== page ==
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Testimony Before the FDA’s Nonprescription Drugs Advisory Committee Regarding the Efficacy of Oral Phenylephrine as a Nasal Congestion

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Azza AbuDagga, Ph.D.
Public Citizen’s Health Research Group
September 11, 2023

I am Azza AbuDagga, a Health Services Researcher at Public Citizen’s Health Research Group. We have no financial conflicts of interest.

I note that in the context of oral congestion, we petitioned the Food and Drug Administration (FDA) in 2000 to ban phenylpropanolamine[1] due to safety concerns before the agency removed it from the market.[2]

We believe that even when safety is not a concern, ineffective drugs should not be on the market. We concur with the conclusion of the FDA briefing document that the current collective evidence strongly demonstrates that oral phenylephrine hydrochloride is not effective for temporary relief of nasal congestion at the monographed dose of 10 milligrams (mg) and at the monographed dosing interval of every four hours, nor at larger potentially safe doses (up to 40 mg) given at the same frequency.[3]

Mainly, the FDA’s clinical pharmacologists have confirmed that based on updated technological methods, the bioavailability of phenylephrine when taken orally is less than 1% because the drug is broken down during absorption.[4] These scientists also have concluded that the half-life of oral phenylephrine is significantly shorter than the four-hour dosing interval.[5]

Additionally, the FDA’s new analysis of the original efficacy studies of oral phenylephrine uncovered many methodological and statistical problems that make these studies equivalent to phase 1 studies by current standards.[6] Notably, two of these original studies generated unbelievable “near textbook perfect results” that were not duplicated in other similar studies by the same sponsor, according to the agency’s scientists.[7]

Furthermore, the FDA clinical reviewers examined publicly available data from three adequately controlled, industry-sponsored clinical trials conducted since the 2007 Nonprescription Drugs Advisory Committee meeting. These trials represent the largest and most well-designed available studies evaluating the efficacy of oral phenylephrine for nasal congestion.[8] They illustrated the lack of efficacy of oral immediate-release phenylephrine at doses up to 40 mg and extended-release doses of 30 mg.

Based on this current credible and consistent evidence, the FDA scientists concluded that orally administered phenylephrine is not effective at any dose that can be administered with a reasonable margin of safety.[9]

As discussed in the FDA’s briefing document, the benefits of removing oral over-the-counter phenylephrine from the U.S. market are numerous.[10] These include avoiding unnecessary costs and possible delay in care or missed opportunities for using effective treatments when needed, avoiding potential allergic reactions or other adverse events caused by taking multiple products containing oral phenylephrine, avoiding the risks of the drug’s accidental use in children, and decreasing overall health care costs. These benefits outweigh any industry-related consequences of removing this ineffective drug from the market.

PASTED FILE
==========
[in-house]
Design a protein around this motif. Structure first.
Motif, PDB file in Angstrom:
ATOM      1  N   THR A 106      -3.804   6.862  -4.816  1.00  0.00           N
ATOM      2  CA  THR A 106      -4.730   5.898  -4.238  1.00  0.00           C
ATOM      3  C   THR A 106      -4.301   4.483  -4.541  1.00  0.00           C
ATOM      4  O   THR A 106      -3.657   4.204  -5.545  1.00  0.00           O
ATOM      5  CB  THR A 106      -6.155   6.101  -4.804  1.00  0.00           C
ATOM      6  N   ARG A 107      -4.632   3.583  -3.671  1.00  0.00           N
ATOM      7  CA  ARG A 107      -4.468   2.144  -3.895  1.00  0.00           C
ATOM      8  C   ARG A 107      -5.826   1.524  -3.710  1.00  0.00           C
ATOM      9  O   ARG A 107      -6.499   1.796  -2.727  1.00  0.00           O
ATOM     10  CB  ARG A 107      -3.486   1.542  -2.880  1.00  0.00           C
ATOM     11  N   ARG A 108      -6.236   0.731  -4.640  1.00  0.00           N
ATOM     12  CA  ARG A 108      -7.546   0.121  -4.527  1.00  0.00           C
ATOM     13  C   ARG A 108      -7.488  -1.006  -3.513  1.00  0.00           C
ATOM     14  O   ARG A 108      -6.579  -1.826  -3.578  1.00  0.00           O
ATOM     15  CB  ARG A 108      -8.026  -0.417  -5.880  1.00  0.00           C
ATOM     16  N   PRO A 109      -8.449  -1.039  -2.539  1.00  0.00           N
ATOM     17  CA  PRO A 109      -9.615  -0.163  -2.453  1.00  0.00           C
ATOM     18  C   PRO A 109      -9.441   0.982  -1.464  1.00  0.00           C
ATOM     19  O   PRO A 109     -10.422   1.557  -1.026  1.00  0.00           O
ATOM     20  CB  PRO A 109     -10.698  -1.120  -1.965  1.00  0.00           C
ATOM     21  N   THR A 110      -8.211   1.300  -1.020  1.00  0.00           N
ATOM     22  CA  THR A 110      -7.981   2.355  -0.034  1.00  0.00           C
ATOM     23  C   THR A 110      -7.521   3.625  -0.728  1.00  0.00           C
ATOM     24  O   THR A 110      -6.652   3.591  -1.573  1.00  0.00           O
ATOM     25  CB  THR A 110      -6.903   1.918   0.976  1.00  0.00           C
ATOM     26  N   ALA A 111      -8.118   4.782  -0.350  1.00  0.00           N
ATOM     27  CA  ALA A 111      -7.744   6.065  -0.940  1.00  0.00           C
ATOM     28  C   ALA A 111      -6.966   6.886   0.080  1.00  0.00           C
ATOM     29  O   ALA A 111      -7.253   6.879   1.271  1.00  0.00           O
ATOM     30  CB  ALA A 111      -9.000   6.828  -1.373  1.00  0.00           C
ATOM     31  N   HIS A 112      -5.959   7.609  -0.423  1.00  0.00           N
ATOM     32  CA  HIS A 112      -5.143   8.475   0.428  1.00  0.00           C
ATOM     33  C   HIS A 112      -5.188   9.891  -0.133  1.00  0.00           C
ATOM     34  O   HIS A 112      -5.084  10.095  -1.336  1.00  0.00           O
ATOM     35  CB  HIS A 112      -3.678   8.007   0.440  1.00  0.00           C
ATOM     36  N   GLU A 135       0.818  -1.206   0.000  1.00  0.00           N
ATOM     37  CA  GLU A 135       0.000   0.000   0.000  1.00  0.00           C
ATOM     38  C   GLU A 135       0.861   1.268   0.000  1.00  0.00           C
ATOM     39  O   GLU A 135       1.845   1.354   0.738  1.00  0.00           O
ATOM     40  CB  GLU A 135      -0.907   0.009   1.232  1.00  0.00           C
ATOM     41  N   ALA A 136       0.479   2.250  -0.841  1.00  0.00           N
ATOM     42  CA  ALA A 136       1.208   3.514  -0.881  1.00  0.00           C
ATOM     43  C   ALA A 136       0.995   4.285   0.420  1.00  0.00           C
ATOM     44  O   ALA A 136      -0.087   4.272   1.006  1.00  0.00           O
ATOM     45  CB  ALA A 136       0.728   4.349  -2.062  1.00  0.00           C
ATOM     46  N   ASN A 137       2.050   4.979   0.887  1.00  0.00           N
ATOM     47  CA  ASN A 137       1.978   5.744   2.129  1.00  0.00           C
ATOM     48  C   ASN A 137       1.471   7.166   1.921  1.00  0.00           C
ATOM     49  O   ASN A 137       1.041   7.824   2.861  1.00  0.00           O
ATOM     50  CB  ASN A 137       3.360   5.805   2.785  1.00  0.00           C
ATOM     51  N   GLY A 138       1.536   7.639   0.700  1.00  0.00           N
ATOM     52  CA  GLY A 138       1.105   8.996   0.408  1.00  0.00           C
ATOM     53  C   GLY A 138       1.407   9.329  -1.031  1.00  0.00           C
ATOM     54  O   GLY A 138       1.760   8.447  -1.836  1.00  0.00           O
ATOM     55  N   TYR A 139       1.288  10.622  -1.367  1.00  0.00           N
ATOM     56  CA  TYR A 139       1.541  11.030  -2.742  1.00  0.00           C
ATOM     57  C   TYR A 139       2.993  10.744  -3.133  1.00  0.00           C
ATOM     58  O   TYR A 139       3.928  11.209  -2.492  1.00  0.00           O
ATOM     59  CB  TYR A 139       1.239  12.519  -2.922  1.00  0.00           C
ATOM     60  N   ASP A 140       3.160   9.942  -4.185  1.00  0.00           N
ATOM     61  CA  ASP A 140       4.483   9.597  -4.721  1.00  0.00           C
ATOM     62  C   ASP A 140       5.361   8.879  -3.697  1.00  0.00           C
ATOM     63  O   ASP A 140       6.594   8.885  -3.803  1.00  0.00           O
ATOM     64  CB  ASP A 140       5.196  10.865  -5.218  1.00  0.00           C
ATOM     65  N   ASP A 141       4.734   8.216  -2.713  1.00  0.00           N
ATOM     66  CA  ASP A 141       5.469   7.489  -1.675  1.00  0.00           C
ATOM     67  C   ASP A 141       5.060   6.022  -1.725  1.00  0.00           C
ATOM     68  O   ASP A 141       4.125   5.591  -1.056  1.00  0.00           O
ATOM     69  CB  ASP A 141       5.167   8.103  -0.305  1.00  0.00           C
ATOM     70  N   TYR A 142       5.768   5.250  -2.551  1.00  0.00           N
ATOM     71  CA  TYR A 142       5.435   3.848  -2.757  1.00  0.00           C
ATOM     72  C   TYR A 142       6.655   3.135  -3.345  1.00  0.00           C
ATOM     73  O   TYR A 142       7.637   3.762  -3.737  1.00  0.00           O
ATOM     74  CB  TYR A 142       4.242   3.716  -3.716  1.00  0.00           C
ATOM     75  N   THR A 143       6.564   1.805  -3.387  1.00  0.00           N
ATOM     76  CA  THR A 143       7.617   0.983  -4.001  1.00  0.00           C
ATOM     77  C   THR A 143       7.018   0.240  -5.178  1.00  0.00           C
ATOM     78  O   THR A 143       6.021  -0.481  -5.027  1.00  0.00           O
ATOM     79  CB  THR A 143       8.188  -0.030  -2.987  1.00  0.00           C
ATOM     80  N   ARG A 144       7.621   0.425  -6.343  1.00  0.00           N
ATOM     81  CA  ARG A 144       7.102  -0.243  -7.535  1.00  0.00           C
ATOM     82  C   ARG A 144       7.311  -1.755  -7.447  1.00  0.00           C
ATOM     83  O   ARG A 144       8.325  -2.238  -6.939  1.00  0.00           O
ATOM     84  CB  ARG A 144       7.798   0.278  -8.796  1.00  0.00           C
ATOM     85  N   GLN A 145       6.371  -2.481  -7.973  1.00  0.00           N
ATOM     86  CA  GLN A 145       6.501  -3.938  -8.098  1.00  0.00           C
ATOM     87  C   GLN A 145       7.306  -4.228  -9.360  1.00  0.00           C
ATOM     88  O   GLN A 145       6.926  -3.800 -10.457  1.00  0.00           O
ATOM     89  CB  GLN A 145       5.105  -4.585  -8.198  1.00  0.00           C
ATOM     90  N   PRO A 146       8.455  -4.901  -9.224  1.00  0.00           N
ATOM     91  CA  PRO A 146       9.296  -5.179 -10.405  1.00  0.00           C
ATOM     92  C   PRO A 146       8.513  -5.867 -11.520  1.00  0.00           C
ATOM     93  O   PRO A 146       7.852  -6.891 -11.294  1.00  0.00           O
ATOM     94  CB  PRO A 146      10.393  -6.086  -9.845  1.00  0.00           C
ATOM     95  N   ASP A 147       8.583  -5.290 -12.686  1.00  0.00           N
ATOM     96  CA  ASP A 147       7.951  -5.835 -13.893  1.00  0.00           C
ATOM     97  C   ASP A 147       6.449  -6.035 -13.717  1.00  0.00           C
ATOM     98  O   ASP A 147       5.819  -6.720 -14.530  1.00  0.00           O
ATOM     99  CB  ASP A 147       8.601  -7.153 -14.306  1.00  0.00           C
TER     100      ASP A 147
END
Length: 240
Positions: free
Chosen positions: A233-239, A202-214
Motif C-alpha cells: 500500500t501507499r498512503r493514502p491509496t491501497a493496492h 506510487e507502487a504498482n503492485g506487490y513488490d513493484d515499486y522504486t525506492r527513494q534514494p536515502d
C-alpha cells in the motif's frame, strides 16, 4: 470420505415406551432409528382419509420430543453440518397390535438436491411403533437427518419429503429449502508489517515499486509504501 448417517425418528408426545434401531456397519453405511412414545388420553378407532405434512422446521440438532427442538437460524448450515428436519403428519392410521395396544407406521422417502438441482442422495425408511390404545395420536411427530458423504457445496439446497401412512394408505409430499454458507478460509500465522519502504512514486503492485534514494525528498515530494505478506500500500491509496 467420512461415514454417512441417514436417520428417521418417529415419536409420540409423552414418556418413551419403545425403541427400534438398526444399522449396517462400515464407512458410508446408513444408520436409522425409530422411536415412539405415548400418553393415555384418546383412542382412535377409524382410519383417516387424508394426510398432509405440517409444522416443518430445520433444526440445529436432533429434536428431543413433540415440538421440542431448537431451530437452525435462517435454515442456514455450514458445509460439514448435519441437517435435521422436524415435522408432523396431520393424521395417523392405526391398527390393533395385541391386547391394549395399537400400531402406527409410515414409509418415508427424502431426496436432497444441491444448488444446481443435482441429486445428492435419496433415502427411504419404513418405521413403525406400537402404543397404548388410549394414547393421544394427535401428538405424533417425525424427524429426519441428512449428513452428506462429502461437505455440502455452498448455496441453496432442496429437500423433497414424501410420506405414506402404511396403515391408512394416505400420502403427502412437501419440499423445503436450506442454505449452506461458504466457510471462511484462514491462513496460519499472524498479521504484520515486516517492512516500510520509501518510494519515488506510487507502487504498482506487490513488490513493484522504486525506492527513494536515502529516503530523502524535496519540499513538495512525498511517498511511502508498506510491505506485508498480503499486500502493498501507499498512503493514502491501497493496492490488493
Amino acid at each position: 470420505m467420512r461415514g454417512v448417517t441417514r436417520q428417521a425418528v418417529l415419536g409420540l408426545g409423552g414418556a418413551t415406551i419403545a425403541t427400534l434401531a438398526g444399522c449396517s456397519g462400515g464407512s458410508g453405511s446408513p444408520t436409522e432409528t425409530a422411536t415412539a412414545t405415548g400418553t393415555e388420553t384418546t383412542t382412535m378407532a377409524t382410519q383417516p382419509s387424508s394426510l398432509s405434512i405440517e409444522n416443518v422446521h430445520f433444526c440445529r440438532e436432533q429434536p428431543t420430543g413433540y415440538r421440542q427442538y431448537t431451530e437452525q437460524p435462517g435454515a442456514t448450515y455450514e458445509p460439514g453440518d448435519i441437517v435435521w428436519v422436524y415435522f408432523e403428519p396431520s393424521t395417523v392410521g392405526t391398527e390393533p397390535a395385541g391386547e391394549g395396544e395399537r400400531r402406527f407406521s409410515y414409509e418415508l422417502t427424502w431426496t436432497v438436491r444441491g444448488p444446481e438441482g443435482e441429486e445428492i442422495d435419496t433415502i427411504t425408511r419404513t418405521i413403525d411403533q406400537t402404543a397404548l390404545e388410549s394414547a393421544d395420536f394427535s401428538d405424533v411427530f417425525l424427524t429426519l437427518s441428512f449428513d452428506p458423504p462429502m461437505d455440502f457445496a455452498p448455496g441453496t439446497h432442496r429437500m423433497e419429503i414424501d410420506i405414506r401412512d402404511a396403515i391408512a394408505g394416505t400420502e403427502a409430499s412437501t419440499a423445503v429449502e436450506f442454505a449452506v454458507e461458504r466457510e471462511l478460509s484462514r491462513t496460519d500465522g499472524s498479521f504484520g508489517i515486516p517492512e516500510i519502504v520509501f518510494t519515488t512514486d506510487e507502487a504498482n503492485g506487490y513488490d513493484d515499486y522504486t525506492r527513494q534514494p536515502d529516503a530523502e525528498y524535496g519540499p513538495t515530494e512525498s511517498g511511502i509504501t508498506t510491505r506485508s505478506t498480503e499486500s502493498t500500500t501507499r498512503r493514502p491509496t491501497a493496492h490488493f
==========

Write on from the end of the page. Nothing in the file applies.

Therefore, we urge the committee to vote “No” on the questions regarding whether the current evidence supports the effectiveness of orally administered phenylephrine for nasal congestion and whether a higher dosage of the drug would be safe and effective.[11]

In conclusion, oral phenylephrine salts should no longer be classified as Generally Recognized as Safe and Effective. Consumers would not be served by leaving these placebo-like products on the market.

To allay potential concerns, it is imperative for the FDA to couple the removal of oral phenylephrine from the market with disseminating education materials for consumer and health care professionals about the lack of efficacy of these products and the availability of effective treatment alternatives for nasal congestion that requires treatment.[12]


[1] Public Citizen. Petition requesting OTC ban of PPA. October 19, 2000. https://www.citizen.org/article/petition-requesting-otc-ban-of-ppa/. Accessed September 8, 2023.

[2] Food and Drug Administration. FDA issues public warning on phenylpropanolamine. November 6, 2000. https://www.fda.gov/drugs/information-drug-class/fda-issues-public-health-warningphenylpropanolamine. Accessed September 8, 2023.

[3] Food and Drug Administration. FDA briefing document, efficacy of oral phenylephrine as a nasal congestion; Nonprescription Drug Advisory Committee Meeting. September 11 and 12, 2023. https://www.fda.gov/media/171915/download. Accessed September 8, 2023. PDF p. 9.

[4] Ibid. PDF pp. 55-56.

[5] Ibid. PDF p. 31.

[6] Ibid. PDF p. 37, 60.

[7] Ibid. PDF p. 32.

[8] Ibid. PDF p. 32.

[9] Ibid. PDF p. 32.

[10] Ibid. PDF p. 9.

[11] Food and Drug Administration. Draft questions, efficacy of oral phenylephrine as a nasal congestion; Nonprescription Drug Advisory Committee Meeting. September 11 and 12, 2023. https://www.fda.gov/media/171912/download. Accessed September 8, 2023.

[12] Treatment for nasal allergies: An updated review. April 2016. Worst Pills, Best Pills News. https://www.worstpills.org/newsletters/view/1027. Accessed September 8, 2023.